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Sen Patrick Leahy reflects on his retirement with a new memoir

Sen. Patrick Leahy, the senior and longest serving senator of the Senate, will serve for one more year before retiring. Sen. Leahy reflected on his career in a recent ABC News interview.



Vermont’s senior senator, Patrick Leahy, will be leaving the Senate at the end of his term.

His political career spans more than four decades, and he recounts it all in his new memoir, “The Road Taken,” from the aftermath of Watergate to the election of Donald Trump as president.

He reminisced with Linsey Davis from ABC News about his childhood, discussed the shifts he’s witnessed in the political climate, and shared his enthusiasm for the “Batman” comics he grew up reading.

Thank you so much for your time today, Senator Leahy.

LEAHY: My presence here fills me with joy.

PRIME: Let’s go back to when you were younger. According to legend, when you were six years old, you rode your tricycle through the halls of the Vermont state capitol all the way to the governor’s office because your family lived so close. To what extent do you feel that your early exposure to politics prepared you for a career in politics?

LEAHY: Of course, things were different. The State House is basically unguarded if you ask me. A simple exit is possible. We just assumed it would always be there. Us kids used to hang out there all the time. We could have a blast in that area. Then I met everyone and found out firsthand what had happened. My dad, a self-taught historian, always liked to regale us with tales of the statehouse in Washington. And you learned early on that, hey, we’re a part of this, too. Yes, I definitely felt that way.

PRIME: Looking back on your career, you entered the Senate at the age of 34. How do you think that your youthfulness affected the way you worked and prioritized issues during your time there?

A senior senator asked my age on my first day, and I told him I was 34, so that’s something I remember about LEAHY. “You ever think you’re too young to be in this place?” he asked me. That’s what my opponent said, but I won the election, so I argued. He seemed to appreciate my firmness in our exchanges, and we ended up getting along famously. While attending law school at Georgetown, I was fascinated by the Senate, if only to observe the many interesting people who serve in it. The Republican and Democratic parties at the time featured some of the brightest minds in the country, leading to vigorous debate.

PRIME: And you’ve worked through some major events in American history, from the immediate aftermath of Watergate to 9/11 and the subsequent pandemic. Or of course now, in yet another critical juncture following the insurrection and its aftermath of January 6. What are your biggest worries about the state of the country today?

LEAHY: When I first arrived in the Senate, people of varying political persuasions respected the government, our laws, and the fact that we have a future, all of which establish fundamental norms for how you should act. My current concern is that an increasing number of people simply don’t give a hoot about having human contact. So, people started crowding into the Senate chamber, demanding to know where the House members were (despite the fact that the senators didn’t have a clue), and incorrectly stating that the House was supposed to be present (despite the fact that the Constitution stated otherwise). I never expected to witness such a thing in my lifetime.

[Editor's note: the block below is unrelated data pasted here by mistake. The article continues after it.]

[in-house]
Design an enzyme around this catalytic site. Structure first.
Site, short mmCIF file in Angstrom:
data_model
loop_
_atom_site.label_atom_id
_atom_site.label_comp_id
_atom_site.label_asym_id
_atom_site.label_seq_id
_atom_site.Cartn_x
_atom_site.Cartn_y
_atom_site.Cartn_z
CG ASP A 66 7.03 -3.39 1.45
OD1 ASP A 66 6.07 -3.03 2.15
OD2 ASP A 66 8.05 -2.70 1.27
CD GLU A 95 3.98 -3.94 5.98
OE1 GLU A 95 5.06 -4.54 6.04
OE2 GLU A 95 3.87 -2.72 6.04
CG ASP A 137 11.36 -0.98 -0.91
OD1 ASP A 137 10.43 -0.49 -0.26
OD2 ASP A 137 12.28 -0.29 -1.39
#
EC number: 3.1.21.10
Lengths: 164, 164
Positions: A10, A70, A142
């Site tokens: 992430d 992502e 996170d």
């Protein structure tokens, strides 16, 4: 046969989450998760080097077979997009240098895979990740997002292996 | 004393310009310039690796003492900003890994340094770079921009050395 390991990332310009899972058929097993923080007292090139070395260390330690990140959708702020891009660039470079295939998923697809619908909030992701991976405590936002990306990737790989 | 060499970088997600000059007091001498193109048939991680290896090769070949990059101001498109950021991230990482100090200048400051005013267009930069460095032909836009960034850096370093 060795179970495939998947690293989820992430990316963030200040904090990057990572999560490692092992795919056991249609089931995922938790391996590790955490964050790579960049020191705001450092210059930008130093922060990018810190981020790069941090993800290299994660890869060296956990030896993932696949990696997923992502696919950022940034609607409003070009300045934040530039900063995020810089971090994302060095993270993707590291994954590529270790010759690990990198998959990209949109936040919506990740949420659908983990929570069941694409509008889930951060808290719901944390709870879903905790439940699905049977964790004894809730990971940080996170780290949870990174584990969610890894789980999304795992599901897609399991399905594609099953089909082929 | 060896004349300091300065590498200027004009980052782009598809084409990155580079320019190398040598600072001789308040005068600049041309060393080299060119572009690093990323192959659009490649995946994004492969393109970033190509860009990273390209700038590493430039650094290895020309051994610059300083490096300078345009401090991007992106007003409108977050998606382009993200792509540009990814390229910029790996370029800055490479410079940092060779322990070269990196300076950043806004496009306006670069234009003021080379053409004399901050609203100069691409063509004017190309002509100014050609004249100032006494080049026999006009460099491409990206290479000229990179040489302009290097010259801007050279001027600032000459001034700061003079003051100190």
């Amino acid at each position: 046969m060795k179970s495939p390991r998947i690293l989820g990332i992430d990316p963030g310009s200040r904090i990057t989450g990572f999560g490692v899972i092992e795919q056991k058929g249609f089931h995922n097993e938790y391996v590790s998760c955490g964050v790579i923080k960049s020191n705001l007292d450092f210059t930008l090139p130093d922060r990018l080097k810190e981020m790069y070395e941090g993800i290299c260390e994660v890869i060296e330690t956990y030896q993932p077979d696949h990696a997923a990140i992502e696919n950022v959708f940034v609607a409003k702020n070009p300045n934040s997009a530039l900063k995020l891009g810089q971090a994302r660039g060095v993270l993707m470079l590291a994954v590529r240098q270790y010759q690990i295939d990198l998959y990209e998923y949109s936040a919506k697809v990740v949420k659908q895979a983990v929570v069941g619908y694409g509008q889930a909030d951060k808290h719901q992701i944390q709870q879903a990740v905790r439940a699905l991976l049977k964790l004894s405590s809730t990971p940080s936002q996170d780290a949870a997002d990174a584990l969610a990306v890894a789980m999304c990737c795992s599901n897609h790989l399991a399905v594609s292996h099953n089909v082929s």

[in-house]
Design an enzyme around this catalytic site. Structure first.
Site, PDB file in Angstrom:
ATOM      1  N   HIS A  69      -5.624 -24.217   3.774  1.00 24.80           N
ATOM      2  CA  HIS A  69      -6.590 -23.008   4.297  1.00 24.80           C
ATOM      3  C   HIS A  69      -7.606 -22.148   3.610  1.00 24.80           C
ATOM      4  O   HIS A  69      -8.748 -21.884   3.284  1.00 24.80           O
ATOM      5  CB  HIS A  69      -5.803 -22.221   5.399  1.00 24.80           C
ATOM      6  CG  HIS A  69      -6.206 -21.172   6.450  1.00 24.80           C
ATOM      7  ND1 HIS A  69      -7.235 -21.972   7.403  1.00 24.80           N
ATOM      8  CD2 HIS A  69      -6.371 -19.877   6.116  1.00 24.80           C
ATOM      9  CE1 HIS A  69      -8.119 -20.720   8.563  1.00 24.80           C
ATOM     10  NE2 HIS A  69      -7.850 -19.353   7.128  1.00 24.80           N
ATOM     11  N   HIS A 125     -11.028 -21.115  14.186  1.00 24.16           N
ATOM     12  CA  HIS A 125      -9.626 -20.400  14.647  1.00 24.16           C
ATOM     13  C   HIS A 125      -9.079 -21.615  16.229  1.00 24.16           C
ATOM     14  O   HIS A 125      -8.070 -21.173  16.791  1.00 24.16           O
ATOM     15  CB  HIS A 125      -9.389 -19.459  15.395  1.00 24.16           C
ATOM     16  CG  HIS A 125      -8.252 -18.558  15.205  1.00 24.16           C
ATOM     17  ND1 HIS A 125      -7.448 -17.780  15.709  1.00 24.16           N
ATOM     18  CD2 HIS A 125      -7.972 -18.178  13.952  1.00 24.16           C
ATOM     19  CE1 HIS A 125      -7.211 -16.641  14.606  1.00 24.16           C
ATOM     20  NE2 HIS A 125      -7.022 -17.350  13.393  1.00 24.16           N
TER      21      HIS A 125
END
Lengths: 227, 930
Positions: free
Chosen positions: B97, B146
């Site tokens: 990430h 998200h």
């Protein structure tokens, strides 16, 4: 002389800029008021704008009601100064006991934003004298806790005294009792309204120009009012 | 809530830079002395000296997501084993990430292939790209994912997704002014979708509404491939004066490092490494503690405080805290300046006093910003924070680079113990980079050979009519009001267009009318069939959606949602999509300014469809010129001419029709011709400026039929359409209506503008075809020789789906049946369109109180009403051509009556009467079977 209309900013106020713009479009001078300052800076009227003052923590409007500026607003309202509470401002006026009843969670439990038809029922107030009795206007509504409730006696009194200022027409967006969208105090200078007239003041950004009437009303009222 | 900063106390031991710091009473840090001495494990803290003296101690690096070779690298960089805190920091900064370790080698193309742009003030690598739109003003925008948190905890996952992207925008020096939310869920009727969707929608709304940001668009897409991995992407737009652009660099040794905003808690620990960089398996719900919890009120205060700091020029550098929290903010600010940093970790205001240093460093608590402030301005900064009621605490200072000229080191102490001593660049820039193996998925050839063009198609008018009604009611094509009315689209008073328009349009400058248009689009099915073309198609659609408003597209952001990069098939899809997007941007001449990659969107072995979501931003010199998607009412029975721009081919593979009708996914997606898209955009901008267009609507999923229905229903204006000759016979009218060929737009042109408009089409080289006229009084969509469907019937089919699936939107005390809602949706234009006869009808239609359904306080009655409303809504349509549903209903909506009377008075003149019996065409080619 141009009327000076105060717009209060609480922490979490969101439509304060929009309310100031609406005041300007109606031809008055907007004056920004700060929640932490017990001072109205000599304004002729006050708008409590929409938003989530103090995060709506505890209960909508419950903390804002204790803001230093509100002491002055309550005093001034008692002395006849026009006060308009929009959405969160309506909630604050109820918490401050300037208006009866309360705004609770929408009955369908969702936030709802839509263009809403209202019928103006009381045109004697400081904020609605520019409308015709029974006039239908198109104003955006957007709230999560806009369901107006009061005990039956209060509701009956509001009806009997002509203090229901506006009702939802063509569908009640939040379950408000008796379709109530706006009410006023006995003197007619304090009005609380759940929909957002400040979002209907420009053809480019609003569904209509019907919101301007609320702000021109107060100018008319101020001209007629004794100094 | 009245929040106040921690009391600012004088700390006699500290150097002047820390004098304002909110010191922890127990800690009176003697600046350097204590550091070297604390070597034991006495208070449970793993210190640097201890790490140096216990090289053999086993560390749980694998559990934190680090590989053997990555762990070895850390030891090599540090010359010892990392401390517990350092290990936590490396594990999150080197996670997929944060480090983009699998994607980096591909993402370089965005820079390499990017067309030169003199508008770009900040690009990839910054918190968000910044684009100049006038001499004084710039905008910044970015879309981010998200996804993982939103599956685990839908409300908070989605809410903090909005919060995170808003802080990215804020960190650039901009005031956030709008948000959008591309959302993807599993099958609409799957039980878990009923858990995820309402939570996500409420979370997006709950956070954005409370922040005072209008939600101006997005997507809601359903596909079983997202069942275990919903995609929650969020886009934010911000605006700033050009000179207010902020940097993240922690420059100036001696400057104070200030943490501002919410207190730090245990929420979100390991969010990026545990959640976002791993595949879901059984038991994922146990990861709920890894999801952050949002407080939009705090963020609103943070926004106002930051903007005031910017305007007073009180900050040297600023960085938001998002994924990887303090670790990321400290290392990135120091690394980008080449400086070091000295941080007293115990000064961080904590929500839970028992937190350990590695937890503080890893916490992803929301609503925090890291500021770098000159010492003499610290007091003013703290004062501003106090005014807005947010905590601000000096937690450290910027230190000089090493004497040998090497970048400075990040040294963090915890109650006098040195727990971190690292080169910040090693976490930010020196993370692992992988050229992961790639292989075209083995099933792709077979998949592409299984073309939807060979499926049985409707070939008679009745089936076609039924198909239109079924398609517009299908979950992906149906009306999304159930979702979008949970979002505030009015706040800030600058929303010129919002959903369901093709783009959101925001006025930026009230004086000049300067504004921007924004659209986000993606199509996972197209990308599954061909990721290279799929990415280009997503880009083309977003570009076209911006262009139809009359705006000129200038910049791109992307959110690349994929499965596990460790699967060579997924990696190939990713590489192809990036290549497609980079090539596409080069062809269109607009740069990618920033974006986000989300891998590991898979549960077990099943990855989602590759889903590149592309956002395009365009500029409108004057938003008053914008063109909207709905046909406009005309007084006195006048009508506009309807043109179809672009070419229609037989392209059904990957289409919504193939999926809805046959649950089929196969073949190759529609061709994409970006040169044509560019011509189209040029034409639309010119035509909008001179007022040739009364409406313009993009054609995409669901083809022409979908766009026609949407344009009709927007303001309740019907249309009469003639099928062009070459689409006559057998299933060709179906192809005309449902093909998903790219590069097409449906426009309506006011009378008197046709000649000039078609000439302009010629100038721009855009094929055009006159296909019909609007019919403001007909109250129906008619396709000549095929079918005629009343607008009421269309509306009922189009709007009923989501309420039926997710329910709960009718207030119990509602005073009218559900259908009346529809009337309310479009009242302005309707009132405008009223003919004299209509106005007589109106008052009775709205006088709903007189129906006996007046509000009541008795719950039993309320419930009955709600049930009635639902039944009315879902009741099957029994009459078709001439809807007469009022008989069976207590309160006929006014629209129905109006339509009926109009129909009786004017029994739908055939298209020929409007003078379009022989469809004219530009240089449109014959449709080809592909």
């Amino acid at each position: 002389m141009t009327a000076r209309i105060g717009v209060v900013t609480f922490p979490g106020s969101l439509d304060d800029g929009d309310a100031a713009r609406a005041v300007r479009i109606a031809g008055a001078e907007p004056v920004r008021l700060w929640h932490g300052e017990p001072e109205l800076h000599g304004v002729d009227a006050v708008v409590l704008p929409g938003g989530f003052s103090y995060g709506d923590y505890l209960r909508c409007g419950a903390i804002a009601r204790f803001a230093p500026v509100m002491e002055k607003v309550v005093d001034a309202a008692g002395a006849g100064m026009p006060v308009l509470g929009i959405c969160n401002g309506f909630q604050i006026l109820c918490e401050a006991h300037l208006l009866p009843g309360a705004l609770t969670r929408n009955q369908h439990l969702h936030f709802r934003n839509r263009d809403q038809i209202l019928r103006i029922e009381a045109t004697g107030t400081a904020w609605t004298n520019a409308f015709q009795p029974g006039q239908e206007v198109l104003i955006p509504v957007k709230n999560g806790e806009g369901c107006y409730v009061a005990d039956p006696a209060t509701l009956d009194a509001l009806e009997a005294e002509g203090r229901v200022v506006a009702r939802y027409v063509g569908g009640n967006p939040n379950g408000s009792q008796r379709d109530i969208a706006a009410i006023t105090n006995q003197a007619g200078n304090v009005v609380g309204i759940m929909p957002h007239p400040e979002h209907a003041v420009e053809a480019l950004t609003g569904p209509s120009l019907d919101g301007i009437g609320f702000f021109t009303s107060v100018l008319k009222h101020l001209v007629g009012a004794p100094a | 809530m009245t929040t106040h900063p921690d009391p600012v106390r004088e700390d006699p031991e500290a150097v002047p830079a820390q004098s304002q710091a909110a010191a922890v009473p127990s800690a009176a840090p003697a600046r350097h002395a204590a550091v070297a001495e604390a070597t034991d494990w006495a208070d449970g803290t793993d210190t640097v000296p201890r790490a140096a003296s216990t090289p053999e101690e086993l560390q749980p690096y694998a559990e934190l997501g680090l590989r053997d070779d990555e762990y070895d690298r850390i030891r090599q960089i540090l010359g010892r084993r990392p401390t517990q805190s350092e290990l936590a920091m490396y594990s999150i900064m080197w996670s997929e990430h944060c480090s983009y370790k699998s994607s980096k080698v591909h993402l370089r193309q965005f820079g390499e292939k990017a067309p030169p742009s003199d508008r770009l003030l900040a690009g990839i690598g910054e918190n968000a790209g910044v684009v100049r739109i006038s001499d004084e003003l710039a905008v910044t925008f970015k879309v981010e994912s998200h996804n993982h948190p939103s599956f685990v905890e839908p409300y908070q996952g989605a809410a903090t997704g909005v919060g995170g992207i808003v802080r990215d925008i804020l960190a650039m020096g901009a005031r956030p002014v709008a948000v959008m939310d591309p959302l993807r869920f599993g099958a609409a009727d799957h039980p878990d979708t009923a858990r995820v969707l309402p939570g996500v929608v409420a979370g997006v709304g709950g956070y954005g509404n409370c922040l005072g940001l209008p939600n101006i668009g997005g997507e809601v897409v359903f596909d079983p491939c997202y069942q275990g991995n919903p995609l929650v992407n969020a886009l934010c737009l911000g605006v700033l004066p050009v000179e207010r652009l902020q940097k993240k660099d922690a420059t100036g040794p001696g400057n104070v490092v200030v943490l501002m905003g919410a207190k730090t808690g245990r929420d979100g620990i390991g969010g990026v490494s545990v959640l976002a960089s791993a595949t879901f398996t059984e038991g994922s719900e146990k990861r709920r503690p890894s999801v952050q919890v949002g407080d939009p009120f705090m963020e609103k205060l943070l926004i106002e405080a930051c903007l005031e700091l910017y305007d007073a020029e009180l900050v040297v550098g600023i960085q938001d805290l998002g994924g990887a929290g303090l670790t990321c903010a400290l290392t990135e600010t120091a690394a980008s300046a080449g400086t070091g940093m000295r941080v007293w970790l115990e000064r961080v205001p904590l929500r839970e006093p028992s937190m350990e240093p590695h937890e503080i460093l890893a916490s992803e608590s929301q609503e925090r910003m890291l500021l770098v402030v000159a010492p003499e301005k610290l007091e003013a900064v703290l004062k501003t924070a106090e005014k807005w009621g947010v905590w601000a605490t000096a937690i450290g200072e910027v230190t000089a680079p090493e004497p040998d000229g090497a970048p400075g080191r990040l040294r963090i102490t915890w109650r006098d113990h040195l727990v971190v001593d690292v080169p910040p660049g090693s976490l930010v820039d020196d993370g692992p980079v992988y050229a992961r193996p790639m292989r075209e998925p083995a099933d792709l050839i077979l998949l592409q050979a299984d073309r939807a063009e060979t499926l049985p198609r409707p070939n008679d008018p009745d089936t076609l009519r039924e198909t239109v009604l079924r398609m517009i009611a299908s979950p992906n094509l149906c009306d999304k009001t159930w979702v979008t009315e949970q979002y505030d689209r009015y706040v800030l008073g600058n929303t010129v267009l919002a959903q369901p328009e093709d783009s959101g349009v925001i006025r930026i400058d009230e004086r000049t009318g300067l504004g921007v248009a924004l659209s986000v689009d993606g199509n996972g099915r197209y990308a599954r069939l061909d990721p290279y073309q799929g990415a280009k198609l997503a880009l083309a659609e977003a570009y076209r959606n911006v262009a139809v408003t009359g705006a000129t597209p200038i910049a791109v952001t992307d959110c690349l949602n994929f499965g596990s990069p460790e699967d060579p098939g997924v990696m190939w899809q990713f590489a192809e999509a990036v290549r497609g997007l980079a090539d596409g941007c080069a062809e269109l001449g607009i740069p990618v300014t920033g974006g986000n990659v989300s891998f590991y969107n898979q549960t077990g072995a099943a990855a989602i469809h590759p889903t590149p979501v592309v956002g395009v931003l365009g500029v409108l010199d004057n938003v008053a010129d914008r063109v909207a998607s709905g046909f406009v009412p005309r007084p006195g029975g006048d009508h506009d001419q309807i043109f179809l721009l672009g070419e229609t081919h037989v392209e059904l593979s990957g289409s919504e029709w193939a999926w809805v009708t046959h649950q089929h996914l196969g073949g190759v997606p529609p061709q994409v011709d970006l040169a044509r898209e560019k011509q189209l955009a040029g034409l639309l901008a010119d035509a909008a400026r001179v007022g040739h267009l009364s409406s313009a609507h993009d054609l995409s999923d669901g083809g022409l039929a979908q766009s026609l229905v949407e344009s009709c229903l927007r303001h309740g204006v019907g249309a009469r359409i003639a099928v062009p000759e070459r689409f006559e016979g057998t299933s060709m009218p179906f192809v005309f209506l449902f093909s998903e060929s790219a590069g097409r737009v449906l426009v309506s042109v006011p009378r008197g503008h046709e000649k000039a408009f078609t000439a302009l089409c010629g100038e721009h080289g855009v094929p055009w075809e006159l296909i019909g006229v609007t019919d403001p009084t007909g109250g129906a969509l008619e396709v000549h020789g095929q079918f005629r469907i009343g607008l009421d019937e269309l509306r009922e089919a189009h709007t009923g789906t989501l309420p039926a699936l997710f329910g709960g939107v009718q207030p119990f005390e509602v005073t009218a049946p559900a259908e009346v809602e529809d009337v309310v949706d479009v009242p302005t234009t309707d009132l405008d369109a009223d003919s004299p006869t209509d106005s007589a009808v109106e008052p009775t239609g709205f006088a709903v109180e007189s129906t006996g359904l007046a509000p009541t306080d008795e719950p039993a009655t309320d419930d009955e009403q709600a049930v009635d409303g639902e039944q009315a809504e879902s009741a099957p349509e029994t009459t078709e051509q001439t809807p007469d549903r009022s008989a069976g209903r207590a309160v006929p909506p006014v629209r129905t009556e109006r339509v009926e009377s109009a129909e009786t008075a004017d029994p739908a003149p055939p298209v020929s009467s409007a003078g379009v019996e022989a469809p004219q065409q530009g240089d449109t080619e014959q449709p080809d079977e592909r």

PRIME: And you said, just a few moments ago, that you had such respect for your fellow senators, that you thought they were some of the sharpest minds, that you looked forward to the debate and discourse that was going to take place. Do you think we’ve forgotten something important from that era?

I agree, LEAHY. People come in and make a statement in the hopes that it will make the evening news, and I feel like that’s one of the things we’ve lost. They don’t hang out there, and they rarely argue. Is there going to be a stance of party affiliation from you? I don’t think it should be like that. I appreciate it when senators show up to debate, listen to all sides, and cast a final vote.

And finally, sir, we can’t let you go without asking about one of your greatest loves: “Batman.” You describe, quote, how you dove headfirst into reading all of “The Dark Knight” comics. The books were your promised reward for sweeping the printing shops’ floors, and you said you intended to read them in bed with the lights out. You also became well-known for appearing in cameo roles in five different “Batman” movies. Why do you feel such an affinity for Batman? How does it feel to finally see your childhood dream realized on the silver screen?

LEAHY: I would have never imagined it! I actually did start reading! When I was four years old, I got my first library card. I find great enjoyment in the Batman comics. It’s a topic that inspires me to tell stories. All of the money I’ve made from my “Batman” books and movies has been donated to the Montpelier, Vermont, children’s library. There, in the depths of the adult library, is where I got my first library card, and it was also where I got my first library book. A new wing has been added. It’s meant to serve as a tool for motivating children and teens of varying reading abilities to pick up books and read.

PRIME: We greatly appreciate your assistance, Senator Leahy. We greatly value your participation and thank you for your attendance. The viewers can get a copy of “The Road Taken, A Memoir” at any bookstore.

Thank you very much.